The other highlight for me was to visit my, and son Jeff’s, college alma mater in Salt Lake City, Westminster College – the campus was quiet, as it was a summer Sunday, but still looked magnificent.  The tour for the rest of the group was not quite as thrilling I’m sure, but they were able to see the brick at the Alumni House that shows the seal for the college that I created.  OK, it wasn’t just me; in my senior year I needed a couple of units in the arts, so I took an art class.  The college board had just come to the art teacher and asked if he could have his students create a new crest for the school.  Two nights before the assignment was due, I invited my football teammate and center, Bruce Takeno to the local pub, The Sugarbowl, to help me create something to turn in.  With the help of a few beers and the lions on the Coors beer bottles, we scratch something out on a bar napkin.  When we had a rough draft, Bruce, who had much greater artistic skills than I, and lived in Salt Lake, said that he would take it home and ‘make it pretty’.  What he handed me the next morning, slightly resembled what was on the napkin, but done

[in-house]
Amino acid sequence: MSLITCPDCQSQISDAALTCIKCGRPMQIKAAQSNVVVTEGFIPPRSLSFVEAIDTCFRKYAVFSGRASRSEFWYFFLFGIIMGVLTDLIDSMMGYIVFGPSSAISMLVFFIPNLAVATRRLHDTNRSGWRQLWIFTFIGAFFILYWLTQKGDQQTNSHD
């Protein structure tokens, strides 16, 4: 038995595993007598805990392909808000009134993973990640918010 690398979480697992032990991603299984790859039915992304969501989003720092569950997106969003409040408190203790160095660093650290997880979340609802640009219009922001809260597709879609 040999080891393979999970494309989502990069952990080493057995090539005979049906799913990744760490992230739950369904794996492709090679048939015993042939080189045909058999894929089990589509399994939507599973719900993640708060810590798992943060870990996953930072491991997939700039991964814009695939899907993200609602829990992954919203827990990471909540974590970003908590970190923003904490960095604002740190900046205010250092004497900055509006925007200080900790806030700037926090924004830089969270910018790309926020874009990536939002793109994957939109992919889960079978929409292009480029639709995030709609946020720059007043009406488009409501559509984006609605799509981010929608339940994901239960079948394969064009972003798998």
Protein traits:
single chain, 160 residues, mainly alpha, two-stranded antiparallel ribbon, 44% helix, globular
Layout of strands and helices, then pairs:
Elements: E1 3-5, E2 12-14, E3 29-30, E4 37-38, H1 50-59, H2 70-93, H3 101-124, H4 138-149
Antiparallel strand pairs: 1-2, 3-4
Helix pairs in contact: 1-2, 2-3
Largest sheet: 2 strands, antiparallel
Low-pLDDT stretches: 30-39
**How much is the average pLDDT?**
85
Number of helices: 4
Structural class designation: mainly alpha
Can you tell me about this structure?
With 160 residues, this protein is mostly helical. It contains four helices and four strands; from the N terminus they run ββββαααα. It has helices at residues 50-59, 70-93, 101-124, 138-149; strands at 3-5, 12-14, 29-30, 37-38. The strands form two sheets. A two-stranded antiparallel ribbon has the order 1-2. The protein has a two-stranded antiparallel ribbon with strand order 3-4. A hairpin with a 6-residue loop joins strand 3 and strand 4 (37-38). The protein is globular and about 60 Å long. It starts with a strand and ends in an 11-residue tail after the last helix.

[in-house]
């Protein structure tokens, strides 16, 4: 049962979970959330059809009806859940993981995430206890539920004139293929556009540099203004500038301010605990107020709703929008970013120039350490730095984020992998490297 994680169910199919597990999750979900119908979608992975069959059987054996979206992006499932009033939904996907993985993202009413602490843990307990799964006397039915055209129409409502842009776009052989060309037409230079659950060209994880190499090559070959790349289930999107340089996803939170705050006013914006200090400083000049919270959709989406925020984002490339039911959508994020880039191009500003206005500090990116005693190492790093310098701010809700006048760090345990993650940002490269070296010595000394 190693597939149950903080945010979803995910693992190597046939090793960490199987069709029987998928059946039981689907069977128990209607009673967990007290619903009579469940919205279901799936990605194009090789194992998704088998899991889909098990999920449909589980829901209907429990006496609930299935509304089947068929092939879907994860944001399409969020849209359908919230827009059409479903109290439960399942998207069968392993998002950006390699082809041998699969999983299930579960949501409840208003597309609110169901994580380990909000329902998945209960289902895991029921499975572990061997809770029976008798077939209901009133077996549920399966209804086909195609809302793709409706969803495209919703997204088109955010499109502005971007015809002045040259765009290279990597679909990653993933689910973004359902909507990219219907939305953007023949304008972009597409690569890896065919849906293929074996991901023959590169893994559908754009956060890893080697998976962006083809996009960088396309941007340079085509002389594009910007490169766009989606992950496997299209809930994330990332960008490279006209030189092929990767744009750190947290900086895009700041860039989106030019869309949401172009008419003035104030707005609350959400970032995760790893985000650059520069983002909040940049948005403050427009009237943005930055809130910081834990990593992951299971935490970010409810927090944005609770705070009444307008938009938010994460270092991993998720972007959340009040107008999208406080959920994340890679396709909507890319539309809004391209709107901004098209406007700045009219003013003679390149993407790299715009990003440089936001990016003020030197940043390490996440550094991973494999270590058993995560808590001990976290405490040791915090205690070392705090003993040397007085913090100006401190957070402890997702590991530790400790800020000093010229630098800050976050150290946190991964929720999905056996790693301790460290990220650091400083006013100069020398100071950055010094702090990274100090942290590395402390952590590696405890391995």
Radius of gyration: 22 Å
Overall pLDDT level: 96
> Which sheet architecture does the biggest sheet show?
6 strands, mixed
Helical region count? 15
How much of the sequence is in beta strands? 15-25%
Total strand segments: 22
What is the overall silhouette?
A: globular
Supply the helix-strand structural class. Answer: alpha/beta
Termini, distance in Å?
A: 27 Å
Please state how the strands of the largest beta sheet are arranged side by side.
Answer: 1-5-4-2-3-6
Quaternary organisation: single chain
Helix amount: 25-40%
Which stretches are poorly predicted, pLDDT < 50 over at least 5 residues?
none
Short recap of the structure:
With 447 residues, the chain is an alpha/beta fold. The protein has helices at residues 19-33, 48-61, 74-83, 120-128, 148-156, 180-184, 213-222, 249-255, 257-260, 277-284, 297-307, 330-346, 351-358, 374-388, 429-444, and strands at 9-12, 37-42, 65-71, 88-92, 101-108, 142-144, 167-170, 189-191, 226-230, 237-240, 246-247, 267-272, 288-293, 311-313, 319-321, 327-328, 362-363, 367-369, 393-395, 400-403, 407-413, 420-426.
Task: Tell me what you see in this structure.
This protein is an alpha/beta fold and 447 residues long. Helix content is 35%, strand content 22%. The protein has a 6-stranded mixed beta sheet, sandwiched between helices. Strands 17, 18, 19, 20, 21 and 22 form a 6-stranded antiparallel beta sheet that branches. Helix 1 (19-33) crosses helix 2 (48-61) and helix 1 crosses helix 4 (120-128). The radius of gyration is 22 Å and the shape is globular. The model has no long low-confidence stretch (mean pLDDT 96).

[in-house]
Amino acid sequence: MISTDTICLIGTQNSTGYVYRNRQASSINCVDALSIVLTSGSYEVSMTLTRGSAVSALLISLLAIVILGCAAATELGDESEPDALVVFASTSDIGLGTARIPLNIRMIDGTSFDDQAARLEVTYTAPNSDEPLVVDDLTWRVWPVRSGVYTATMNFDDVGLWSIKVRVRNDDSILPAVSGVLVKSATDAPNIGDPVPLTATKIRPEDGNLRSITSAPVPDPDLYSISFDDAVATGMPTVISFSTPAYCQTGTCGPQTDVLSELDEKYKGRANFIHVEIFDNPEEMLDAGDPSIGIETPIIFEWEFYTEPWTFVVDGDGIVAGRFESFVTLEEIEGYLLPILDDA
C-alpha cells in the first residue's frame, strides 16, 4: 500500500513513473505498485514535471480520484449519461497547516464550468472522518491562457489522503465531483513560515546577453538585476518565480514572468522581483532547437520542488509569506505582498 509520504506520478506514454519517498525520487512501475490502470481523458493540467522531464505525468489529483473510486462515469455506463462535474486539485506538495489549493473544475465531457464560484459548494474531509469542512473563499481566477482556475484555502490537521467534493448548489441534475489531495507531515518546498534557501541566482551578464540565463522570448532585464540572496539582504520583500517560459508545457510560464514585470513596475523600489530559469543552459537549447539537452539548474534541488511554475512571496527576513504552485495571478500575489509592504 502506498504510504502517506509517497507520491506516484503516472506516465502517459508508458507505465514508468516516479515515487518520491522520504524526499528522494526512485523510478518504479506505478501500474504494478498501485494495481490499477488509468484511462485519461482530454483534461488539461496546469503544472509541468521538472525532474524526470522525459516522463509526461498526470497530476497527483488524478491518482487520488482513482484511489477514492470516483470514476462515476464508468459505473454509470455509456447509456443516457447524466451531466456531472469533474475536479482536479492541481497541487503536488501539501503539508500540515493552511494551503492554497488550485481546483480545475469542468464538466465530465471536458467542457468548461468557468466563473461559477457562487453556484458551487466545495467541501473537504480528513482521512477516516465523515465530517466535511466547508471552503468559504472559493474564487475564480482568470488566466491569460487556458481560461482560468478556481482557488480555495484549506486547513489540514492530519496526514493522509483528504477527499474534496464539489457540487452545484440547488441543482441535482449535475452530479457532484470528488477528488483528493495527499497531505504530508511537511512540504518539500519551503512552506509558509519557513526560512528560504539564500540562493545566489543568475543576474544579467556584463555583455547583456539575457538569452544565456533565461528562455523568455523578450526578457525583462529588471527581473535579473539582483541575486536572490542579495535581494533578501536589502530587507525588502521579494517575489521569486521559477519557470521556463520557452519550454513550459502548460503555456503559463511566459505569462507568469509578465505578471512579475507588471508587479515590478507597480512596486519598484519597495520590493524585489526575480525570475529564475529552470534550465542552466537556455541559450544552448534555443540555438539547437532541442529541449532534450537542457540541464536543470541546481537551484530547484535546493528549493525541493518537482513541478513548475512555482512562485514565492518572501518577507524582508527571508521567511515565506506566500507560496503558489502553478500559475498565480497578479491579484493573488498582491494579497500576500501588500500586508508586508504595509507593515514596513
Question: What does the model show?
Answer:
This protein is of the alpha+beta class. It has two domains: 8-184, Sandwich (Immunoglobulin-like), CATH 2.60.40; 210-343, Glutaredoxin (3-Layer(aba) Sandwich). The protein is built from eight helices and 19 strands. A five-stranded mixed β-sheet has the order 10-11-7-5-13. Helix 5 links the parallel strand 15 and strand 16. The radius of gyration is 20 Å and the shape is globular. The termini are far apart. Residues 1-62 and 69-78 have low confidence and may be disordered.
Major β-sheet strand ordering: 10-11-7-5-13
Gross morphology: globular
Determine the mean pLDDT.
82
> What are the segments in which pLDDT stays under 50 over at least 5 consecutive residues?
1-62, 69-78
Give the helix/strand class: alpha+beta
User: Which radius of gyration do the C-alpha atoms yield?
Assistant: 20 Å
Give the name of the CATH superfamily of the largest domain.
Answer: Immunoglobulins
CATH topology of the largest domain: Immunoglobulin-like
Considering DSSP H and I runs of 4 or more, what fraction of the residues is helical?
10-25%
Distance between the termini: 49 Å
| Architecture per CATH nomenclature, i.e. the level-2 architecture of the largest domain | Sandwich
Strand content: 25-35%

Westminster College crest

My old college girlfriend was still there!

in oil paint on stretched canvas – it looked spectacular!  I turned it in, and the school board voted it the winner.  I did confess to my art teacher that while I contributed to the overall design, Bruce was the artist in the group.  I passed the class!  It has since been replaced.

Another highlight was just walking Main Street in Park City – it is filled with gift shops, bars, restaurants and . . . more gift shops, bars and restaurants!  Great location, great friends, clean air, great trip!

 

CHIRP!

By Suzanne Sparrow Watson

               It looks so innocent